This is by no means a definitive guide to piano values. The true value of a piano is determined by how much someone is willing to pay for the piano. So, to begin, one needs to have an idea of what a piano like yours is going for -
Keep in mind that how much is being asked for a piano in a store or on Craigslist is not necessarily what the piano will actually sell for. In my experience, most are highly over priced, and do not sell, or sell for substantially less. One cannot compare their piano to the price of that in a retail store (which is what I see) as retail pianos usually have been refurbished, serviced, include some kind of warranty as well as a tuning and delivery.
If one would take two pianos, set them side by side and there is actually no difference between the pianos, it's going to come down to sound quality and mechanical condition to a serious player - the better a piano sounds and performs, the more musical value to a player will win every time, regardless of how the piano looks.
I also hear people say that they have been told their piano is an antique piano that would be worth say, $20,000 restored. It can cost $15,000 to $18,000 to get that piano restored.
Think about it for one moment:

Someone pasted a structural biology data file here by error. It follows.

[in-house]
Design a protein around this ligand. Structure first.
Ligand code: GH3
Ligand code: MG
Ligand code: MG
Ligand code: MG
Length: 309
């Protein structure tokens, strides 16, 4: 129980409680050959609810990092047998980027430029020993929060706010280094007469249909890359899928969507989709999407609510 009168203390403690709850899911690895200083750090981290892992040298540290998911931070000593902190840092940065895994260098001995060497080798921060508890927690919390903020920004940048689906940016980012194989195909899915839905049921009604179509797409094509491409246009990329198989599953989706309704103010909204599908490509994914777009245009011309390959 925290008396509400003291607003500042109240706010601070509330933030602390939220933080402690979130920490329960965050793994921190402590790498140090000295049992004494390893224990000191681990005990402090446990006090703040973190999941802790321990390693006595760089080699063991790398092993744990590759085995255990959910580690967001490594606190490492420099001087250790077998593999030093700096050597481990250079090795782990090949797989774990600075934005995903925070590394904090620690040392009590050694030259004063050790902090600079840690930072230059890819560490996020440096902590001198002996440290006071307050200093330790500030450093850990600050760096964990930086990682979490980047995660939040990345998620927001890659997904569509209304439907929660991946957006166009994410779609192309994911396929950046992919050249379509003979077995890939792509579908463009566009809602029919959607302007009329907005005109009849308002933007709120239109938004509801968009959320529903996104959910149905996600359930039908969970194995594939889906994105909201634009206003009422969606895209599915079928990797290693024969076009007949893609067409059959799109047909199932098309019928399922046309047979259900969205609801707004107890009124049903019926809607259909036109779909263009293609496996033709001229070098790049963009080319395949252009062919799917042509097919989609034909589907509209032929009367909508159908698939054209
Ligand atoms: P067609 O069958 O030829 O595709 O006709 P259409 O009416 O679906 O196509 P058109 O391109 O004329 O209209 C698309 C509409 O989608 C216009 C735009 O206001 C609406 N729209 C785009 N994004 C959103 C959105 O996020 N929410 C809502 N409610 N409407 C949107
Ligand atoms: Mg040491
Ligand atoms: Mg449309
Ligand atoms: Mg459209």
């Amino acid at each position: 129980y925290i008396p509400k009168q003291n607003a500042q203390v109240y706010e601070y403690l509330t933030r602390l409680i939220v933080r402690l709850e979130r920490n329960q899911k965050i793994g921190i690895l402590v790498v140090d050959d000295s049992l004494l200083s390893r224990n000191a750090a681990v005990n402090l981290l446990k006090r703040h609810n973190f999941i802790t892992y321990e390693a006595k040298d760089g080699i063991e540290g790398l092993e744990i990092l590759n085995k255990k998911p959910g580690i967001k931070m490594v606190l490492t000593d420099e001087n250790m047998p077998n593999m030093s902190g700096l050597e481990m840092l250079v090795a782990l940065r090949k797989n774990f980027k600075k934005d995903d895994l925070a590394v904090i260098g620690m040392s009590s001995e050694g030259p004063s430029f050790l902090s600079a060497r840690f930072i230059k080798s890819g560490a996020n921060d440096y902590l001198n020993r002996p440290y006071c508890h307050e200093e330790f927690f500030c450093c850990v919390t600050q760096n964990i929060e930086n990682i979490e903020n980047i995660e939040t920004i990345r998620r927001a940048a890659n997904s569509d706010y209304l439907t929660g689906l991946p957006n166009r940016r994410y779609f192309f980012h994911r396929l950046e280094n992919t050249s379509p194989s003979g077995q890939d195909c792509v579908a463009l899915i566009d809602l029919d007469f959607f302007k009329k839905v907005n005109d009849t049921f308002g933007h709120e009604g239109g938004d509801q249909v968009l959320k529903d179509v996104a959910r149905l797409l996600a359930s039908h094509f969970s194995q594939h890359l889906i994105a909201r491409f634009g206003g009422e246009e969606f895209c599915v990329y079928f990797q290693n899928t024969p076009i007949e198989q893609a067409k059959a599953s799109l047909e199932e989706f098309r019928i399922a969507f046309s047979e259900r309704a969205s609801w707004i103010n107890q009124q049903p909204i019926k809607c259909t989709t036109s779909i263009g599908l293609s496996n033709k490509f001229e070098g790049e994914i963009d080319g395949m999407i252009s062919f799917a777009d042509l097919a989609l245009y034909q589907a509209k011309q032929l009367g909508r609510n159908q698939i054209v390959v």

I have ample opportunity to rebuild and restore antique pianos, but there isn't a line of buyers waiting to get one, especially for $15,000 to $20,000. So I don't spend time restoring antique pianos. (I'd love to, but I need to make a living). The lack of rebuilt antique piano buyers along with a $15K to $18k investment to restore a piano only leaves $3,000 to $5,000 margin, which isn't that great of a return if the pianos did have a decent market.
The bottom line is used pianos are not rare, but used pianos in good to great condition are rare. Almost all need work to get them to perform musically, as age, neglect and deferred maintenance have accumulated over the years.
The value and price of the piano depends mostly upon its ability to perform musically - that's what the market will bear.
As for sentimental value, that is a completely different topic.....
If you are looking for a nice console piano, here's a real gem - a 1972 Yamaha M3 console. The action has been refurbished and it sounds great. Learn more about it here!
If you intend to ever buy a used piano that has been reconditioned, save yourself some frustration, anger and money - watch these videos by Jamie Musselwhite , a piano technician in Toronto. The videos are short, sweet, to-the-point as he shows he corrects some problems on this "reconditioned" piano, and then beautifully finishes the job.
P.S. If you happen to be selling an old piano, check out what it's going to take to get it ready for someone to play --
If you find yourself still lost, give me a call - I can help you go through that piano to help you determine if it is a treasure or not!
I occasionally get requests or questions about how to sell a piano -this site focuses upon online advertising, putting together a web page getting the word out sell your piano.
How to Sell Your Piano
If after reading this, if you wish some help in selling your piano, contact me and I'll be glad to help!
Notes From the Piano Bench
Questions and Answers and updated factoids concerning pianos in the 21st Century.
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